Cataracts, a clouding of the eye’s natural lens, is a condition of aging so common that half of all Americans are affected by age 80. Fortunately, Medicare helps pay for certain medically necessary eye services like cataract surgery. In fact, eighty percent of cataract surgery in the US is performed on Medicare beneficiaries! Here’s what else you need to know about Medicare coverage of cataract surgery.
How much does cataract surgery cost with Medicare?
In general, Medicare Part B (Medical Insurance) covers the costs associated with cataract surgery including the pre-surgery exam where you discuss your cataracts and any post-surgery care as well as ophthalmologist and facility fees. You typically pay the 20% coinsurance amount for the surgery and topical anesthesia, and your Part B deductible applies.
However, it’s difficult to know the exact costs of surgeries or procedures in advance because all necessary services are difficult to predict. If you’re having surgery or a procedure, here are some things you can do in advance to help figure out how much you may have to pay.
- Ask the doctor, hospital, or facility to give you the total costs for surgery and after surgery care.
- Contact your health insurance provider (such as a Medicare Supplement Plan or Medicaid) to see what it will pay.
- Log into MyMedicare.gov or look at your last “Medicare Summary Notice” (MSN) to see if you’ve met your deductibles.
- Check your Part A and Part B deductibles since you’ll need to pay the deductible amounts before Medicare will start to pay. After Medicare starts to pay, you may have copayments for your care.
Does Medicare pay for glasses after cataract surgery?
Although Original Medicare doesn’t cover vision exams – such as if you need everyday prescription glasses – it will cover one pair of eyeglasses or contact lenses after cataract surgery of an implanted intraocular lens (IOL). Not everyone needs glasses after cataract surgery, but if you need post-cataract glasses for reading and other close-up tasks, you pay 20% of the Medicare-approved amount and Medicare Part B will pay for the contact lenses or eyeglasses from a supplier enrolled in Medicare.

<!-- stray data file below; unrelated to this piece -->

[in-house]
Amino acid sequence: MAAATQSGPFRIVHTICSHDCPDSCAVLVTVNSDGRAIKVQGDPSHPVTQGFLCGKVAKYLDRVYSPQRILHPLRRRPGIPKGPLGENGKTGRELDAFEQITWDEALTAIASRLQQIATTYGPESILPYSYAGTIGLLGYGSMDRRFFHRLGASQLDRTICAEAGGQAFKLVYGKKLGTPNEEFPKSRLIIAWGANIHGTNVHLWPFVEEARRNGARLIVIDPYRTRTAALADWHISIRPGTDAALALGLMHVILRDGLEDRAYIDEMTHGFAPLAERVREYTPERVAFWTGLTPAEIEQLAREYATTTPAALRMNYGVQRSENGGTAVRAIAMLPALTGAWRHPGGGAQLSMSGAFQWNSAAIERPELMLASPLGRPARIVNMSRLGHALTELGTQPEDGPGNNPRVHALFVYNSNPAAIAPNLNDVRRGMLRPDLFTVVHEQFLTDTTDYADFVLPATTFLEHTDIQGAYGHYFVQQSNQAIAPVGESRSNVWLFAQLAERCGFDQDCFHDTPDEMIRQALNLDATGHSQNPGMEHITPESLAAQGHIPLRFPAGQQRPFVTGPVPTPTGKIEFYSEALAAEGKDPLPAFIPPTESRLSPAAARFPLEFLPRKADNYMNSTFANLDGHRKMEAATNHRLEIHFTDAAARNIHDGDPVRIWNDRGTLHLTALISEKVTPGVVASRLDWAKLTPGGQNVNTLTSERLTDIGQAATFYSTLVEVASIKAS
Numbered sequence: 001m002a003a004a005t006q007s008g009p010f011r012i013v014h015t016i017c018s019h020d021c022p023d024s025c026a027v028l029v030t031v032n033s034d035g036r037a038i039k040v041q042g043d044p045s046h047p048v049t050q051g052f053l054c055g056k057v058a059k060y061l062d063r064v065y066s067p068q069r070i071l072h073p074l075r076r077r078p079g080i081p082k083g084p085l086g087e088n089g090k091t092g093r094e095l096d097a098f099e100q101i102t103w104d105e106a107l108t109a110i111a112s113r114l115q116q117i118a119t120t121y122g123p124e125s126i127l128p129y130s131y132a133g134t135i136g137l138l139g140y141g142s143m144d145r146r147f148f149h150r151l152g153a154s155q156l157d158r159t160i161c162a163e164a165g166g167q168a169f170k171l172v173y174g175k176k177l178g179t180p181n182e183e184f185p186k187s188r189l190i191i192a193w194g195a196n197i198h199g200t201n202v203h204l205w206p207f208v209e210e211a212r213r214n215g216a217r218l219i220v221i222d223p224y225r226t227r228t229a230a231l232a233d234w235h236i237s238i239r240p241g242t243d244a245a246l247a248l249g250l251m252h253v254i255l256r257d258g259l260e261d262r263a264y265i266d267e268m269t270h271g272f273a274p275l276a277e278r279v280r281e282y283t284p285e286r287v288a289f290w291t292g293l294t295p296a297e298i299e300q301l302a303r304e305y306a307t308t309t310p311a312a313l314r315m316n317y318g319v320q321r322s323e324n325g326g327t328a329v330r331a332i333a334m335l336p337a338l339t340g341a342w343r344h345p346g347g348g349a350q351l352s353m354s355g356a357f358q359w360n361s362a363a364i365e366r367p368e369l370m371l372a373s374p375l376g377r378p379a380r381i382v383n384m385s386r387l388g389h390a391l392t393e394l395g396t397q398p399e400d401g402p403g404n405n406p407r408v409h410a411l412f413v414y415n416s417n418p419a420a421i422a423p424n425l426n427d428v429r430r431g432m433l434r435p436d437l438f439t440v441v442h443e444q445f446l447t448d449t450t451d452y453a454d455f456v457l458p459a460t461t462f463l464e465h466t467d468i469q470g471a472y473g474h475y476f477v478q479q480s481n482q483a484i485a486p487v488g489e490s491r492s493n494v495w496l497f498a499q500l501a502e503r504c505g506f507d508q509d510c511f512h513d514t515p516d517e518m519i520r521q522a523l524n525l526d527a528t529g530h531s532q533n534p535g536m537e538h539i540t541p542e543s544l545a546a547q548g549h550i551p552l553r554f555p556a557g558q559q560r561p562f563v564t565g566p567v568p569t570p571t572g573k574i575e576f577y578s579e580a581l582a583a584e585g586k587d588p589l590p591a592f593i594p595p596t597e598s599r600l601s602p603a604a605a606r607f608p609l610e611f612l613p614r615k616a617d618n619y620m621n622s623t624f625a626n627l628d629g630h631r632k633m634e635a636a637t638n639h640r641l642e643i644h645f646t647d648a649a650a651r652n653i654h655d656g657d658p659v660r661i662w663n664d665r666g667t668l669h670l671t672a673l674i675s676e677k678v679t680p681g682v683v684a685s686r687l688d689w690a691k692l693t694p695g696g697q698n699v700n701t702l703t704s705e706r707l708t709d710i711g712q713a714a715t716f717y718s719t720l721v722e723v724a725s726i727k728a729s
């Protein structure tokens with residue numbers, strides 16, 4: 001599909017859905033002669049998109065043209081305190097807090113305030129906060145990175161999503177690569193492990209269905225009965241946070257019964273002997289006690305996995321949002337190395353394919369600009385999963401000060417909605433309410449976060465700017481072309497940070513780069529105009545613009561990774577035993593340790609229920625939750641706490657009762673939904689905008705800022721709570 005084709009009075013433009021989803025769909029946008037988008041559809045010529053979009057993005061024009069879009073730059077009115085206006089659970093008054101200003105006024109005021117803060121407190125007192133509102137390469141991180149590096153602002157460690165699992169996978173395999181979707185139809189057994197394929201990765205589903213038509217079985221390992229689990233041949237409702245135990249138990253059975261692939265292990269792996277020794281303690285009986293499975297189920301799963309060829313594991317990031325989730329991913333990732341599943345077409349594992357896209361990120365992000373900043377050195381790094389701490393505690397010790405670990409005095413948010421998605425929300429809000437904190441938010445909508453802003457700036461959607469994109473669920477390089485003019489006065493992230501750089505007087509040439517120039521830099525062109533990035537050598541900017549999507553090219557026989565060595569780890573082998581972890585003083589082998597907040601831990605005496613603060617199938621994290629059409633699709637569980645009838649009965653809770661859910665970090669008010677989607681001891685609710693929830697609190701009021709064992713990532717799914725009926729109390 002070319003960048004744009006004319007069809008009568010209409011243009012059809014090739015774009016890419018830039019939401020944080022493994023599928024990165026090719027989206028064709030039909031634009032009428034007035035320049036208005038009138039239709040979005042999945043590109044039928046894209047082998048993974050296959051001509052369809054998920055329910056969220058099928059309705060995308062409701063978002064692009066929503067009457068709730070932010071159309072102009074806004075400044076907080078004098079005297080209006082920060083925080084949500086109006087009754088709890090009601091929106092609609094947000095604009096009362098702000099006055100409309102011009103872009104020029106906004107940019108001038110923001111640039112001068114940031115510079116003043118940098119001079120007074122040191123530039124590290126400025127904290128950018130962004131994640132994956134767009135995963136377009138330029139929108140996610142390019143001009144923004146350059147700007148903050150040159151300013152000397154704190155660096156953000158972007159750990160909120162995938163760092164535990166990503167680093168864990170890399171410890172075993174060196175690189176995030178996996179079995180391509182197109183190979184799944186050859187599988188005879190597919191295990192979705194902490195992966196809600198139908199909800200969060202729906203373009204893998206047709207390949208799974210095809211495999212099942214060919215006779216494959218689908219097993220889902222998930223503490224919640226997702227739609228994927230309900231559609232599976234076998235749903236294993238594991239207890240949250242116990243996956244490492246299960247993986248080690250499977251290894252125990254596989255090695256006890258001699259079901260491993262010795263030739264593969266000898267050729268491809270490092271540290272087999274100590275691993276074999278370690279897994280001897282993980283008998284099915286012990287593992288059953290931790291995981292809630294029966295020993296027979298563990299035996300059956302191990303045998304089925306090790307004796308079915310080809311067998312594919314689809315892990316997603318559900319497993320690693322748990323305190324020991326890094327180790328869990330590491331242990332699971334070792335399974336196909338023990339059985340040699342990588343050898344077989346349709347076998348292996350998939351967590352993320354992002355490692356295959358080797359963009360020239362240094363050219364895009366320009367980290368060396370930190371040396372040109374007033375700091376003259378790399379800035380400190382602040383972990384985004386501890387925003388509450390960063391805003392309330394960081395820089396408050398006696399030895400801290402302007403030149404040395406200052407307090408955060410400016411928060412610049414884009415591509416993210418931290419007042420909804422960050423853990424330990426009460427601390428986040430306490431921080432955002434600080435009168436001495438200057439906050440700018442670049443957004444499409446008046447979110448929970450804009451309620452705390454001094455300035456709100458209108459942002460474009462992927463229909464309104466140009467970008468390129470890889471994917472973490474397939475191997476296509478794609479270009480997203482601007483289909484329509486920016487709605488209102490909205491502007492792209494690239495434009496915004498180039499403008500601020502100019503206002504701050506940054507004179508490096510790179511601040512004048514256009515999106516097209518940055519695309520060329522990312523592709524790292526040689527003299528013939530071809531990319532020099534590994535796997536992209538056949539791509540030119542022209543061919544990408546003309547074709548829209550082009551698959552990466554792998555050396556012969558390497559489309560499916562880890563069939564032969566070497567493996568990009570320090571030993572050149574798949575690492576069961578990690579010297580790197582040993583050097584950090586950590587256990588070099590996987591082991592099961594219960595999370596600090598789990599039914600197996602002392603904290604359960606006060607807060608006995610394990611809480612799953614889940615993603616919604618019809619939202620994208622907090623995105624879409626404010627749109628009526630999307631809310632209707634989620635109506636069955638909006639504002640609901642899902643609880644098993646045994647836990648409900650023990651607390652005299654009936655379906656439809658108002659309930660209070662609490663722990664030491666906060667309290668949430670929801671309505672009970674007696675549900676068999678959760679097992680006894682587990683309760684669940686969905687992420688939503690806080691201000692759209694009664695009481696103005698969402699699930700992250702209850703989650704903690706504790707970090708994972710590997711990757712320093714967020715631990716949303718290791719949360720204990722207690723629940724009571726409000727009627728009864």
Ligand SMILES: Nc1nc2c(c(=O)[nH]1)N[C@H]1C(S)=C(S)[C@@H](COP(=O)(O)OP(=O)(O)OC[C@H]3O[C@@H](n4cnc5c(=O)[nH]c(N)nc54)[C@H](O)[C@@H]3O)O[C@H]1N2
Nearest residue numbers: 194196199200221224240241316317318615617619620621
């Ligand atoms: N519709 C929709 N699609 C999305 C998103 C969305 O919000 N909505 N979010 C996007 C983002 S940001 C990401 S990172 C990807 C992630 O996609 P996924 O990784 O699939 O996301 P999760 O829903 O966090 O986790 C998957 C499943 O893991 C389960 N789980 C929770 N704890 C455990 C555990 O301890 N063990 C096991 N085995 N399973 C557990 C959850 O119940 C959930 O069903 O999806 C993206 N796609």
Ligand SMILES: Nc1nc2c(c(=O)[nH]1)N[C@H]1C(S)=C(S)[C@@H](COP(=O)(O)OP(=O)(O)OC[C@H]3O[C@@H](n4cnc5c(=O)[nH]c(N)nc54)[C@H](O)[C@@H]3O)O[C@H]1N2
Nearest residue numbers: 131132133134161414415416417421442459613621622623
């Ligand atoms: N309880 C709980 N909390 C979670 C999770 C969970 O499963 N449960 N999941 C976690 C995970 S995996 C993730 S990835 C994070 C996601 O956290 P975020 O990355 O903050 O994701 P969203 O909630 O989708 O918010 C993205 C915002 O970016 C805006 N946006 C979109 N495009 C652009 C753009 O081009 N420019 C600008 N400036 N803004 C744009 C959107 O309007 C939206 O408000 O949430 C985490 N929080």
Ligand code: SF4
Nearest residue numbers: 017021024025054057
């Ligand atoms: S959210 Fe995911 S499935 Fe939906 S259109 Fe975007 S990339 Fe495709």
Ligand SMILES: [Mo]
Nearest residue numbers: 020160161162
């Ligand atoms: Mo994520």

Does Medicare cover laser cataract surgery?
In cataract surgery, the cloudy lens inside your eye is removed and replaced with an artificial lens (called an intraocular lens, or IOL) to restore clear vision. The most common cataract surgery procedure, phacoemulsification or “phaco,” uses a high-frequency ultrasound device to break up the cloudy lens into small pieces which are then gently suctioned from the eye. More recently, computer-controlled, high-speed femtosecond lasers — like the lasers used in LASIK surgery— have replaced the hand-held surgical instruments used in phaco. While this newer laser technology may have certain benefits, such as greater accuracy, it may not necessarily be an improvement in safety and visual outcome for everyone. However, whether you and your ophthalmologist select laser-assisted cataract surgery (LACS) or phacoemulsification, Medicare will cover either.
According to the Centers for Medicare & Medicaid Services (CMS), “Medicare coverage and payment for cataract surgery is the same, irrespective of whether the surgery is performed using conventional surgical techniques or a bladeless, computer-controlled laser. Under either method, Medicare will cover and pay for the cataract removal and insertion of a conventional intraocular lens. If the bladeless, computer-controlled laser cataract surgery includes implantation of a PC-IOL or AC-IOL, only charges for those non-covered services specified above may be charged to the beneficiary. These charges may include charges for additional services, such as imaging, necessary to implant a PC-IOL or an AC-IOL but that are not performed when a conventional IOL is implanted. Performance of such additional services by a physician on a limited and non-routine basis in conventional IOL cataract surgery would not disqualify such services as non-covered services. This guidance does not apply to the use of technology for refractive keratopathy.”
Note: The conventional intraocular lens (IOL) covered by Medicare is typically a monofocal lens. Other advanced lens types, such as a toric lens for astigmatism, Lifestyle Lens (multifocal or accommodating lens, or enVista™ lens may have out-of-pocket expenses.
Questions? Let Medicare.org help you navigate the complex world of Medicare. We offer free comparisons for Medicare Advantage (Part C), Medicare Supplement (Medigap), and Medicare Prescription Drug (Part D) Plans. Contact a licensed sales agent at (888) 815-3313 – TTY 711 to help you find the right Medicare coverage for your needs.